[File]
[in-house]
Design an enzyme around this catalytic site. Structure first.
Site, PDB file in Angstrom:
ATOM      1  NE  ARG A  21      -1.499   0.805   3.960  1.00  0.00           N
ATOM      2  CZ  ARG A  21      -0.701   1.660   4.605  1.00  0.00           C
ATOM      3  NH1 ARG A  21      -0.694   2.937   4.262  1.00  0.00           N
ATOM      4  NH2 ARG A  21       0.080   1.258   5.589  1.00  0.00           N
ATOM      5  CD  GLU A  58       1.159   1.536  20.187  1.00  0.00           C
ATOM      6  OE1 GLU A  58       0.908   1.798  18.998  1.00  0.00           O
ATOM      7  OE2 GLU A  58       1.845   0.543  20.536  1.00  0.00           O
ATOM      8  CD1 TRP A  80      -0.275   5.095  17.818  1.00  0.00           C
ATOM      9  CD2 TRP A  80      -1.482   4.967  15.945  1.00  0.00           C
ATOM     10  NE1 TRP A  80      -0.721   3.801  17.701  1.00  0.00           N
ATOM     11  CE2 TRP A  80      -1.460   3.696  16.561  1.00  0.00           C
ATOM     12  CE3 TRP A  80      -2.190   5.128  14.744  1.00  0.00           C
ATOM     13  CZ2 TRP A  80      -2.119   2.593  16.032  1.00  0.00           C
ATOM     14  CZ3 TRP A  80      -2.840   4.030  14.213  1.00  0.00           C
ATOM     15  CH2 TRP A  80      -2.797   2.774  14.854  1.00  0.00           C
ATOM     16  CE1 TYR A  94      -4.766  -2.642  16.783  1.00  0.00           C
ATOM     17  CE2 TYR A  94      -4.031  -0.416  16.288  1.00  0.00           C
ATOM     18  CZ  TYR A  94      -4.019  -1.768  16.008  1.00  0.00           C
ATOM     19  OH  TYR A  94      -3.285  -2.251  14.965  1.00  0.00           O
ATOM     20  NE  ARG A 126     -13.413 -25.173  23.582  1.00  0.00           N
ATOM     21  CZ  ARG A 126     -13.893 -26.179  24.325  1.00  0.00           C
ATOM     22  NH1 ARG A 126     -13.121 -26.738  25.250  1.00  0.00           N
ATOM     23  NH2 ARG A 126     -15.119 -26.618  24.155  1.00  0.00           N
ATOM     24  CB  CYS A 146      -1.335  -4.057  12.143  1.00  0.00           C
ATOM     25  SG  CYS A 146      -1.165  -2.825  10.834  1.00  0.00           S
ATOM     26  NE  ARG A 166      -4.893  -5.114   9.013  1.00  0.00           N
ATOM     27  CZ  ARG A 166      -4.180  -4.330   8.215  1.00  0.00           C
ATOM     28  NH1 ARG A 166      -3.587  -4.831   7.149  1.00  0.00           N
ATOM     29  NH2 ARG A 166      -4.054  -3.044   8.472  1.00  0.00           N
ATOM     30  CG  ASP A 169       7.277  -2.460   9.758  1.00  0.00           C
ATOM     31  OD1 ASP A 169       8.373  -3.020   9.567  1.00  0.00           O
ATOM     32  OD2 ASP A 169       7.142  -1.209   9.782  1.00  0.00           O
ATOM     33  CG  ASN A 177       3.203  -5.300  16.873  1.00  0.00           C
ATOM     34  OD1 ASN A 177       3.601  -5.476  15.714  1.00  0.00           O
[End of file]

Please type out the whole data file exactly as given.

[in-house]
Design an enzyme around this catalytic site. Structure first.
Site, PDB file in Angstrom:
ATOM      1  NE  ARG A  21      -1.499   0.805   3.960  1.00  0.00           N
ATOM      2  CZ  ARG A  21      -0.701   1.660   4.605  1.00  0.00           C
ATOM      3  NH1 ARG A  21      -0.694   2.937   4.262  1.00  0.00           N
ATOM      4  NH2 ARG A  21       0.080   1.258   5.589  1.00  0.00           N
ATOM      5  CD  GLU A  58       1.159   1.536  20.187  1.00  0.00           C
ATOM      6  OE1 GLU A  58       0.908   1.798  18.998  1.00  0.00           O
ATOM      7  OE2 GLU A  58       1.845   0.543  20.536  1.00  0.00           O
ATOM      8  CD1 TRP A  80      -0.275   5.095  17.818  1.00  0.00           C
ATOM      9  CD2 TRP A  80      -1.482   4.967  15.945  1.00  0.00           C
ATOM     10  NE1 TRP A  80      -0.721   3.801  17.701  1.00  0.00           N
ATOM     11  CE2 TRP A  80      -1.460   3.696  16.561  1.00  0.00           C
ATOM     12  CE3 TRP A  80      -2.190   5.128  14.744  1.00  0.00           C
ATOM     13  CZ2 TRP A  80      -2.119   2.593  16.032  1.00  0.00           C
ATOM     14  CZ3 TRP A  80      -2.840   4.030  14.213  1.00  0.00           C
ATOM     15  CH2 TRP A  80      -2.797   2.774  14.854  1.00  0.00           C
ATOM     16  CE1 TYR A  94      -4.766  -2.642  16.783  1.00  0.00           C
ATOM     17  CE2 TYR A  94      -4.031  -0.416  16.288  1.00  0.00           C
ATOM     18  CZ  TYR A  94      -4.019  -1.768  16.008  1.00  0.00           C
ATOM     19  OH  TYR A  94      -3.285  -2.251  14.965  1.00  0.00           O
ATOM     20  NE  ARG A 126     -13.413 -25.173  23.582  1.00  0.00           N
ATOM     21  CZ  ARG A 126     -13.893 -26.179  24.325  1.00  0.00           C
ATOM     22  NH1 ARG A 126     -13.121 -26.738  25.250  1.00  0.00           N
ATOM     23  NH2 ARG A 126     -15.119 -26.618  24.155  1.00  0.00           N
ATOM     24  CB  CYS A 146      -1.335  -4.057  12.143  1.00  0.00           C
ATOM     25  SG  CYS A 146      -1.165  -2.825  10.834  1.00  0.00           S
ATOM     26  NE  ARG A 166      -4.893  -5.114   9.013  1.00  0.00           N
ATOM     27  CZ  ARG A 166      -4.180  -4.330   8.215  1.00  0.00           C
ATOM     28  NH1 ARG A 166      -3.587  -4.831   7.149  1.00  0.00           N
ATOM     29  NH2 ARG A 166      -4.054  -3.044   8.472  1.00  0.00           N
ATOM     30  CG  ASP A 169       7.277  -2.460   9.758  1.00  0.00           C
ATOM     31  OD1 ASP A 169       8.373  -3.020   9.567  1.00  0.00           O
ATOM     32  OD2 ASP A 169       7.142  -1.209   9.782  1.00  0.00           O
ATOM     33  CG  ASN A 177       3.203  -5.300  16.873  1.00  0.00           C
ATOM     34  OD1 ASN A 177       3.601  -5.476  15.714  1.00  0.00           O